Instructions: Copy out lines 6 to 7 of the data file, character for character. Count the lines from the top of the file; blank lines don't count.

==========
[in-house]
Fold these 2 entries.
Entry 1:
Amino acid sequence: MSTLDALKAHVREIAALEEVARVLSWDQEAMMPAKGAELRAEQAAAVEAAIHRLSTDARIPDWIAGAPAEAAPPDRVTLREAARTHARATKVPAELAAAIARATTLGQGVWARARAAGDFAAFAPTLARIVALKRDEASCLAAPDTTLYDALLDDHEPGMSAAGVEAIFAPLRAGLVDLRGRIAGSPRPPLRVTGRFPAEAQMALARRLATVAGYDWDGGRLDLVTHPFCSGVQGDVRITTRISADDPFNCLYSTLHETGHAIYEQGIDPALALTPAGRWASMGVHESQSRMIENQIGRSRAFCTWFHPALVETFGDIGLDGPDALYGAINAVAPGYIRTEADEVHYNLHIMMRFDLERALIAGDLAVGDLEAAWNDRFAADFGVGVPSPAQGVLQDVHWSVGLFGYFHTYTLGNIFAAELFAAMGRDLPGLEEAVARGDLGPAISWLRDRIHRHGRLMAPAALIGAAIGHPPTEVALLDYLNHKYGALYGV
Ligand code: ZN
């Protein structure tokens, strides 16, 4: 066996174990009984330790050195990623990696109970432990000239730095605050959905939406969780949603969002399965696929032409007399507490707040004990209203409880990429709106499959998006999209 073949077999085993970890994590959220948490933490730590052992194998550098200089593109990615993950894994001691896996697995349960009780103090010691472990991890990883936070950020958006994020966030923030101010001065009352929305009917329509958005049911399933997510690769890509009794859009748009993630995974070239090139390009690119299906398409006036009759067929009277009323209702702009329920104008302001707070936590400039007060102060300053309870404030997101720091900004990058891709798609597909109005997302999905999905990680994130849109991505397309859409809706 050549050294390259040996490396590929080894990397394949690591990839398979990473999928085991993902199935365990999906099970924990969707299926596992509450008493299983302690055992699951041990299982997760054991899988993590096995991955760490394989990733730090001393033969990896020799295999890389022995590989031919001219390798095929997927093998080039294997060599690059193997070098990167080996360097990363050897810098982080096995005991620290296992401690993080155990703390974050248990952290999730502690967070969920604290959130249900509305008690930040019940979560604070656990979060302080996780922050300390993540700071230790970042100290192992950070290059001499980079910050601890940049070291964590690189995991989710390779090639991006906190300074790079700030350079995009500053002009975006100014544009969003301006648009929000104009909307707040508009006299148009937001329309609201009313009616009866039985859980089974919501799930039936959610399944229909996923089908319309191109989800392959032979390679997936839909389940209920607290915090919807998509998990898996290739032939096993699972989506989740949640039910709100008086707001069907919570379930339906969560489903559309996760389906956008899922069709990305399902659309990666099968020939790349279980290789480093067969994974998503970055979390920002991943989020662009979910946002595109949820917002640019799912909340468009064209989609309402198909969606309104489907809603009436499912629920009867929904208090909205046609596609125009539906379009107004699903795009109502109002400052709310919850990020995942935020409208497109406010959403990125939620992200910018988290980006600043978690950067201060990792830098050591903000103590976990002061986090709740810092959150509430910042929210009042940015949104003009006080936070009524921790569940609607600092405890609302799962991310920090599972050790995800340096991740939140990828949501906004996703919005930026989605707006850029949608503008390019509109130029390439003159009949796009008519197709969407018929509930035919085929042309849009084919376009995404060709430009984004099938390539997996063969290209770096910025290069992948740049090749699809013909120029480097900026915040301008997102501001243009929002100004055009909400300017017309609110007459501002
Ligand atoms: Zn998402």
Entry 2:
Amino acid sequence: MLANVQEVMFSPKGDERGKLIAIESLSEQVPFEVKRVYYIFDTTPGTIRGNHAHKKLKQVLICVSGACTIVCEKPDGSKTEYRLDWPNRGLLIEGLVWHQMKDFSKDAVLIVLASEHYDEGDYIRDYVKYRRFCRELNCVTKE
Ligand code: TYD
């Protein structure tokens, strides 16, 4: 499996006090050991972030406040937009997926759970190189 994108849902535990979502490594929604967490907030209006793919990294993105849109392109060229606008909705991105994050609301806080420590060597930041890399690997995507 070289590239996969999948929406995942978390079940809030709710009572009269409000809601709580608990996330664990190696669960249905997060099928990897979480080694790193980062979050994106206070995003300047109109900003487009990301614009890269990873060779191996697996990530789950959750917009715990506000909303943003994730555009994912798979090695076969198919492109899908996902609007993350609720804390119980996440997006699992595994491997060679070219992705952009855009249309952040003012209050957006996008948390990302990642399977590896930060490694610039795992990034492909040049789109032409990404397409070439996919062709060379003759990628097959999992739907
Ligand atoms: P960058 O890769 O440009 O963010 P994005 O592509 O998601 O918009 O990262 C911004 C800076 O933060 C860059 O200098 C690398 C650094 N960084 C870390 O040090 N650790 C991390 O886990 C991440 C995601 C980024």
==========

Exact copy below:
């Protein structure tokens, strides 16, 4: 066996174990009984330790050195990623990696109970432990000239730095605050959905939406969780949603969002399965696929032409007399507490707040004990209203409880990429709106499959998006999209 073949077999085993970890994590959220948490933490730590052992194998550098200089593109990615993950894994001691896996697995349960009780103090010691472990991890990883936070950020958006994020966030923030101010001065009352929305009917329509958005049911399933997510690769890509009794859009748009993630995974070239090139390009690119299906398409006036009759067929009277009323209702702009329920104008302001707070936590400039007060102060300053309870404030997101720091900004990058891709798609597909109005997302999905999905990680994130849109991505397309859409809706 050549050294390259040996490396590929080894990397394949690591990839398979990473999928085991993902199935365990999906099970924990969707299926596992509450008493299983302690055992699951041990299982997760054991899988993590096995991955760490394989990733730090001393033969990896020799295999890389022995590989031919001219390798095929997927093998080039294997060599690059193997070098990167080996360097990363050897810098982080096995005991620290296992401690993080155990703390974050248990952290999730502690967070969920604290959130249900509305008690930040019940979560604070656990979060302080996780922050300390993540700071230790970042100290192992950070290059001499980079910050601890940049070291964590690189995991989710390779090639991006906190300074790079700030350079995009500053002009975006100014544009969003301006648009929000104009909307707040508009006299148009937001329309609201009313009616009866039985859980089974919501799930039936959610399944229909996923089908319309191109989800392959032979390679997936839909389940209920607290915090919807998509998990898996290739032939096993699972989506989740949640039910709100008086707001069907919570379930339906969560489903559309996760389906956008899922069709990305399902659309990666099968020939790349279980290789480093067969994974998503970055979390920002991943989020662009979910946002595109949820917002640019799912909340468009064209989609309402198909969606309104489907809603009436499912629920009867929904208090909205046609596609125009539906379009107004699903795009109502109002400052709310919850990020995942935020409208497109406010959403990125939620992200910018988290980006600043978690950067201060990792830098050591903000103590976990002061986090709740810092959150509430910042929210009042940015949104003009006080936070009524921790569940609607600092405890609302799962991310920090599972050790995800340096991740939140990828949501906004996703919005930026989605707006850029949608503008390019509109130029390439003159009949796009008519197709969407018929509930035919085929042309849009084919376009995404060709430009984004099938390539997996063969290209770096910025290069992948740049090749699809013909120029480097900026915040301008997102501001243009929002100004055009909400300017017309609110007459501002
Ligand atoms: Zn998402």